School voucher advocates must argue the case for free markets — not just social justice — argue Herbert Walberg and Joseph Bast in the Chicago Sun-Times.
A public that does not understand what markets are is being asked to trust them to provide quality educations for their children. A conversation with an average person about how school vouchers would work in practice — as opposed to a conversation about whether school choice is a good idea in theory — reveals many disturbing myths and misunderstandings about capitalism.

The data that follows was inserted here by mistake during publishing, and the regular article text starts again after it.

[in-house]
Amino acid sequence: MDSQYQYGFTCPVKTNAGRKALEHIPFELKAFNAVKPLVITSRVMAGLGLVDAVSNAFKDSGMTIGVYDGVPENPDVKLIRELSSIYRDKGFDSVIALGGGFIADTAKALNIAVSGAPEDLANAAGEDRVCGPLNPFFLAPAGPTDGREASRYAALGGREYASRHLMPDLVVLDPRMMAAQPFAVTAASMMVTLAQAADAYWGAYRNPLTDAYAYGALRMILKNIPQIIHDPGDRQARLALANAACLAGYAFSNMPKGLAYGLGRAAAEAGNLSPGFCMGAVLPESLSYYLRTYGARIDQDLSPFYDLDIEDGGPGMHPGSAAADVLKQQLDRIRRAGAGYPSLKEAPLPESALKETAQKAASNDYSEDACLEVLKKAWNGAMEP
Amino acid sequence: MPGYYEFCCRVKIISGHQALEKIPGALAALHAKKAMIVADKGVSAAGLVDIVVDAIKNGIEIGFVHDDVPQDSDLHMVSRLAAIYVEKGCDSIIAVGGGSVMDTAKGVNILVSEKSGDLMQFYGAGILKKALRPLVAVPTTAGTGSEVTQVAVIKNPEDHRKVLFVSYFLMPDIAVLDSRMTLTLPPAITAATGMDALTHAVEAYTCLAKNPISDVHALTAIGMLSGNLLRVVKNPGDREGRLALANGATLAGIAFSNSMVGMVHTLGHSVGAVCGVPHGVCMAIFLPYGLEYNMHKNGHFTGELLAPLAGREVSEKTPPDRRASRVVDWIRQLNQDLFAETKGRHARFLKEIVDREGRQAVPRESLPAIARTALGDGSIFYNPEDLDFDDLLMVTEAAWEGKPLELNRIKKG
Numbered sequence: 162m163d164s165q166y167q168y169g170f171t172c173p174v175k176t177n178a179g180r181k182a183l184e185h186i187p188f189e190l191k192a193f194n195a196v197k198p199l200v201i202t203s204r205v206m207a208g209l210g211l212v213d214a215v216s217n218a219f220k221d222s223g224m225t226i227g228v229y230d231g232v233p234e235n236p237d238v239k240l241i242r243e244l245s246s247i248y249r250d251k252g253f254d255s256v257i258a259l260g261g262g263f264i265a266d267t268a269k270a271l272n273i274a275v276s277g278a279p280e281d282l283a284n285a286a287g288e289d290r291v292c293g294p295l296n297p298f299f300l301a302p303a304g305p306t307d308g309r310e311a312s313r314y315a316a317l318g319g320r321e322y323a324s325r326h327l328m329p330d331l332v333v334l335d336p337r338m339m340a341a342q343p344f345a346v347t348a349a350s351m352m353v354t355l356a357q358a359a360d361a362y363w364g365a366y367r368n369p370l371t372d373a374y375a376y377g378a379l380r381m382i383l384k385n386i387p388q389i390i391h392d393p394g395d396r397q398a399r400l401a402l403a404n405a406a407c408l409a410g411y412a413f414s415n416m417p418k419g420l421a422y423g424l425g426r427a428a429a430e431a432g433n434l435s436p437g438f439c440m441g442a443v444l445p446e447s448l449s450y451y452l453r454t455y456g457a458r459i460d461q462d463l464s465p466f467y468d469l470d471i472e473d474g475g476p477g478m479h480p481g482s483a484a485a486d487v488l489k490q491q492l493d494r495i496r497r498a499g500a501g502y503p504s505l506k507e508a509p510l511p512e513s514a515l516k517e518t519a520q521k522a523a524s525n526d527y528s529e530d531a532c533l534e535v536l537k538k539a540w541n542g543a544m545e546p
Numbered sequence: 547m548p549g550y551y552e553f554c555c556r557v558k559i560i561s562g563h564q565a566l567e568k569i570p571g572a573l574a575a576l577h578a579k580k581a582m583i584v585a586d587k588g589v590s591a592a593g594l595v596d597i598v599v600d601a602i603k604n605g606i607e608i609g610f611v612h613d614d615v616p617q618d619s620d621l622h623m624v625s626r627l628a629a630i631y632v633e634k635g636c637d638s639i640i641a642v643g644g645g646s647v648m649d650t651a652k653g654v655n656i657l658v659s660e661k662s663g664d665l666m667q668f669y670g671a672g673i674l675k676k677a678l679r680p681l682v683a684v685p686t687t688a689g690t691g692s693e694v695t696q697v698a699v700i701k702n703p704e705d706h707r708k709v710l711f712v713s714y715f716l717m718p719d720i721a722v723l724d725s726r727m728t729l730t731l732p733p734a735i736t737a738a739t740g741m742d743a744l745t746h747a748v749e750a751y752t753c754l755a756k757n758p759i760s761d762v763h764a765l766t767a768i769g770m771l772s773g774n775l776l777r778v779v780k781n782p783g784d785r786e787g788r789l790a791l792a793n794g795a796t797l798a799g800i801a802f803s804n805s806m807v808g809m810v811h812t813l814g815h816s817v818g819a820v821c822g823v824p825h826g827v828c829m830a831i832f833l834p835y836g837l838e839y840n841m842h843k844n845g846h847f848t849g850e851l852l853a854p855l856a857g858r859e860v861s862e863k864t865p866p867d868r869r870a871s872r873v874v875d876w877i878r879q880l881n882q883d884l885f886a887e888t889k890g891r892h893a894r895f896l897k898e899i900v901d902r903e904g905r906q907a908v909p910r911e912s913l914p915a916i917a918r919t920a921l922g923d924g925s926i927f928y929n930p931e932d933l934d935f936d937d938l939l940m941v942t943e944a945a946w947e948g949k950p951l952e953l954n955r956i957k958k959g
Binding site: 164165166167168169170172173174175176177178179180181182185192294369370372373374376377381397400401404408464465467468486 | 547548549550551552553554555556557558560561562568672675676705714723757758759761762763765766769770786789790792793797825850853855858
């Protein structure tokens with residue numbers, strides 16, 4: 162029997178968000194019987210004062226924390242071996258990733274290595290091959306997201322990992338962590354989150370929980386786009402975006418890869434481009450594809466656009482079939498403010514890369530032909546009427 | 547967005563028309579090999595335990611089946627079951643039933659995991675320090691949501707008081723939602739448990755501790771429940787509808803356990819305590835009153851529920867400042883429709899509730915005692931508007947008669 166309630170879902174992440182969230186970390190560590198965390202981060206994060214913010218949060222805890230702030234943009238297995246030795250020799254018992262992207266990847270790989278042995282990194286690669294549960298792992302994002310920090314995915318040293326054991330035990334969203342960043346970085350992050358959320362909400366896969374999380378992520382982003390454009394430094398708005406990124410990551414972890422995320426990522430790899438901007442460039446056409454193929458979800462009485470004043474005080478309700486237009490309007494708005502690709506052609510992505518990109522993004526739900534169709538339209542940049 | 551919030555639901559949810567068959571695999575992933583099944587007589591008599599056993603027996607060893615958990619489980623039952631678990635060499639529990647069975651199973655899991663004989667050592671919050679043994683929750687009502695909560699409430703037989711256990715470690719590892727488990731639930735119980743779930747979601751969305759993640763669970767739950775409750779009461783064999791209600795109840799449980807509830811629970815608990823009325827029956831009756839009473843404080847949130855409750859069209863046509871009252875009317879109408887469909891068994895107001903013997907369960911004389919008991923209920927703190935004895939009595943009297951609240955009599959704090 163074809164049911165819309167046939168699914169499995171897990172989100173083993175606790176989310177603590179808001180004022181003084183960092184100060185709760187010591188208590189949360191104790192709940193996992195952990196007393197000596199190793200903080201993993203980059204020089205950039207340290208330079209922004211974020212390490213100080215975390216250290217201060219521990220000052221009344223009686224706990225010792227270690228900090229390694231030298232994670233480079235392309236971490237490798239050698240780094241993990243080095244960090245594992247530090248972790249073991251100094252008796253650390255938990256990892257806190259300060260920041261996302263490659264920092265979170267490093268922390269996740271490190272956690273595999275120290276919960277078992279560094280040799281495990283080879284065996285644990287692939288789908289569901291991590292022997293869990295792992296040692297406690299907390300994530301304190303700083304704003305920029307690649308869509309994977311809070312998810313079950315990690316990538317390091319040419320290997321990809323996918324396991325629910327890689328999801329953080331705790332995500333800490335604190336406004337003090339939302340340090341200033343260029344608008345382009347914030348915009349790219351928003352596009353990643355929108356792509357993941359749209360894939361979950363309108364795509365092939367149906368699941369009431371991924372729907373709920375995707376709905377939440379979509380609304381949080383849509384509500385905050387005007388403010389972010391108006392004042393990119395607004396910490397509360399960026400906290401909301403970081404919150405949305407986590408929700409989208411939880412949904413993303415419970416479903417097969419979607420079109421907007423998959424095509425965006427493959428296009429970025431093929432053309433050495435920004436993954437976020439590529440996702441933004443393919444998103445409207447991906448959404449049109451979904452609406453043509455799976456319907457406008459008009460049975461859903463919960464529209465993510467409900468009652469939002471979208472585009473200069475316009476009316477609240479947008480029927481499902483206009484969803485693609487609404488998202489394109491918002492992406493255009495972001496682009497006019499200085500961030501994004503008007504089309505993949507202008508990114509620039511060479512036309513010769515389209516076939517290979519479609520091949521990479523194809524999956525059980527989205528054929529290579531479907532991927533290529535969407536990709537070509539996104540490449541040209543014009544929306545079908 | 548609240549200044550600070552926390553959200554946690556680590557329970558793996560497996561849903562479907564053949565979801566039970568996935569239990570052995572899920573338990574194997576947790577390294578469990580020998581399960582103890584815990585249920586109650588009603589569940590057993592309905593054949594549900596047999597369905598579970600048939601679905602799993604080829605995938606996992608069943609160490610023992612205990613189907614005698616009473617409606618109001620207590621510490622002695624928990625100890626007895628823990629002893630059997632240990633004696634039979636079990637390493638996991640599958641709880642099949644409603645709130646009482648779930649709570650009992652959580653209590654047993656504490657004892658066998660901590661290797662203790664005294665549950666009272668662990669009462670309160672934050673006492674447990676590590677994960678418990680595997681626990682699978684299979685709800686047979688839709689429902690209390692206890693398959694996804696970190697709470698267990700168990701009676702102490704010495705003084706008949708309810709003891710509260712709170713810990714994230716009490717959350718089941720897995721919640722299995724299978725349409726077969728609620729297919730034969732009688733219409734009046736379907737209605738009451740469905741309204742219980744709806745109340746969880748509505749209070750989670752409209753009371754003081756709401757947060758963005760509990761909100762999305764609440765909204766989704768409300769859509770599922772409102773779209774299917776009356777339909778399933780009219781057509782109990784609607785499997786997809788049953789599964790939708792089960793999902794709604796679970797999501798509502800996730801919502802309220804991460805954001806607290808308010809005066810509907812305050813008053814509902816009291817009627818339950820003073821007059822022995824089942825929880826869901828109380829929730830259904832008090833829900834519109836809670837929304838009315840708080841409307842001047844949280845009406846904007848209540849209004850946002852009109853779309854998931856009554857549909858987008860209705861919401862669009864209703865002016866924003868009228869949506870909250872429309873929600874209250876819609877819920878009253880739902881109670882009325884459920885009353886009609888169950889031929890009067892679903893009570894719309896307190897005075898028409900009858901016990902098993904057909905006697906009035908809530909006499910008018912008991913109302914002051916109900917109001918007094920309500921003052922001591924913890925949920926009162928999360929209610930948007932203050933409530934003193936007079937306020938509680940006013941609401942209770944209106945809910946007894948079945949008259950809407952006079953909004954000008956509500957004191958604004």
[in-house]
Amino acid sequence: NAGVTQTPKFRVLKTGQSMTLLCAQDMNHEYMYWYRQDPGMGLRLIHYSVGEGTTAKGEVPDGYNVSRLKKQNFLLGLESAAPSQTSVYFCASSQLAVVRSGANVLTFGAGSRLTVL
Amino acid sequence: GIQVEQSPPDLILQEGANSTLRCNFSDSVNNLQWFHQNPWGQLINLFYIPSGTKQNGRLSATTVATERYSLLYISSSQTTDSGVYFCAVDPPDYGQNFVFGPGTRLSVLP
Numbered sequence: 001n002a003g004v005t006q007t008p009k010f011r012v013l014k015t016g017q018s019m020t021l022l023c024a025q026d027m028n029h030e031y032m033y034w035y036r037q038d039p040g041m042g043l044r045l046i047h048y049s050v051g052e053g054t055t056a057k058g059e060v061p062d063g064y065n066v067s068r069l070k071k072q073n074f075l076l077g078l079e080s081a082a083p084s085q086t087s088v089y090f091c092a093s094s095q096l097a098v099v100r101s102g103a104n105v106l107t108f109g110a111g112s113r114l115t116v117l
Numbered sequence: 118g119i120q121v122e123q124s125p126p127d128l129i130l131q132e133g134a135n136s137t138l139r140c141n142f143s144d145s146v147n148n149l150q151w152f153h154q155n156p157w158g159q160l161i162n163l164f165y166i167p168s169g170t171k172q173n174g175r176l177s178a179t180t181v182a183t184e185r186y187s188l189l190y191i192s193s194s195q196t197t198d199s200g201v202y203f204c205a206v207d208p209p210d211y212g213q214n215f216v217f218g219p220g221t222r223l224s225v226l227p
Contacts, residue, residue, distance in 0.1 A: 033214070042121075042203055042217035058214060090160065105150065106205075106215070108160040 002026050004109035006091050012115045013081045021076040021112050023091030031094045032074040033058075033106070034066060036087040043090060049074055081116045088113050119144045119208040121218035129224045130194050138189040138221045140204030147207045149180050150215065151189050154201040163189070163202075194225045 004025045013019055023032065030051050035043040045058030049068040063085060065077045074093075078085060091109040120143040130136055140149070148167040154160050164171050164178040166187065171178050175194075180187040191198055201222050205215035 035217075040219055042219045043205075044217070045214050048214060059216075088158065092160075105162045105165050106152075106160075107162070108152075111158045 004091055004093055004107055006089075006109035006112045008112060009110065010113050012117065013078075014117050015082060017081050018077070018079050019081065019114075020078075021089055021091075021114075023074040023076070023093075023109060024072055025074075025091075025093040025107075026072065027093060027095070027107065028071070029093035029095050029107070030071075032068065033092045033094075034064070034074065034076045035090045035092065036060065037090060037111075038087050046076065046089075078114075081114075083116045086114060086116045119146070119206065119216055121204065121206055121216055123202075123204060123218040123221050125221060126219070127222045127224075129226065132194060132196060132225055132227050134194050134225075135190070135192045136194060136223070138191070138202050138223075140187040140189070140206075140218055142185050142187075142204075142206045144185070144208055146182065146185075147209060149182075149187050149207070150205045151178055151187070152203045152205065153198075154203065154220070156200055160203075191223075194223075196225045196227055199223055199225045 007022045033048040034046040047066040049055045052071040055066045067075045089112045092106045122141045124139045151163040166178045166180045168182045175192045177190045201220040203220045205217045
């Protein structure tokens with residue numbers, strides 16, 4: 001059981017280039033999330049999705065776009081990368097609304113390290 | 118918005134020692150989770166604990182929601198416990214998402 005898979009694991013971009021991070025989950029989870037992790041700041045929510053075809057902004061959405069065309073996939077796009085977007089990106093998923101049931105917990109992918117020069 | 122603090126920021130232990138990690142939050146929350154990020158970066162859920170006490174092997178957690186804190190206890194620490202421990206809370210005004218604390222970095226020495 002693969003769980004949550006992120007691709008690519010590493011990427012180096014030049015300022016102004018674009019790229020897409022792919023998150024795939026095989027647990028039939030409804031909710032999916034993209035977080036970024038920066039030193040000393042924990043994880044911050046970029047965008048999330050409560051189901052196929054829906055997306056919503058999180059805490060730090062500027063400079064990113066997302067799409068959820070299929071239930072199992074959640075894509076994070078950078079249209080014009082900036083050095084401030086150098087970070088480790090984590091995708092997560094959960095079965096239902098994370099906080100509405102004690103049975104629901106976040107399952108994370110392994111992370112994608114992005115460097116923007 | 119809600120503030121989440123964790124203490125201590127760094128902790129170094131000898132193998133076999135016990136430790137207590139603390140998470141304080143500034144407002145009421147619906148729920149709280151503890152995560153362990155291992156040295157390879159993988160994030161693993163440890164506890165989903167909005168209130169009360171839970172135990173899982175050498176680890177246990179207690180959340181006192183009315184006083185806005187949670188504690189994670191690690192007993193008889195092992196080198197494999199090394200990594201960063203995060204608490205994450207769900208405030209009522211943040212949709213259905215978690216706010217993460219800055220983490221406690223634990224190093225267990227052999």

Many people believe capitalism encourages greed and exacerbates inequality, tends toward monopoly and low-quality products, and allows corporations to manipulate consumers and waste money on advertising. Most people believe mass illiteracy was commonplace before government took over the funding and operation of schools.
Defending capitalism is hard work, they argue. But it’s necessary.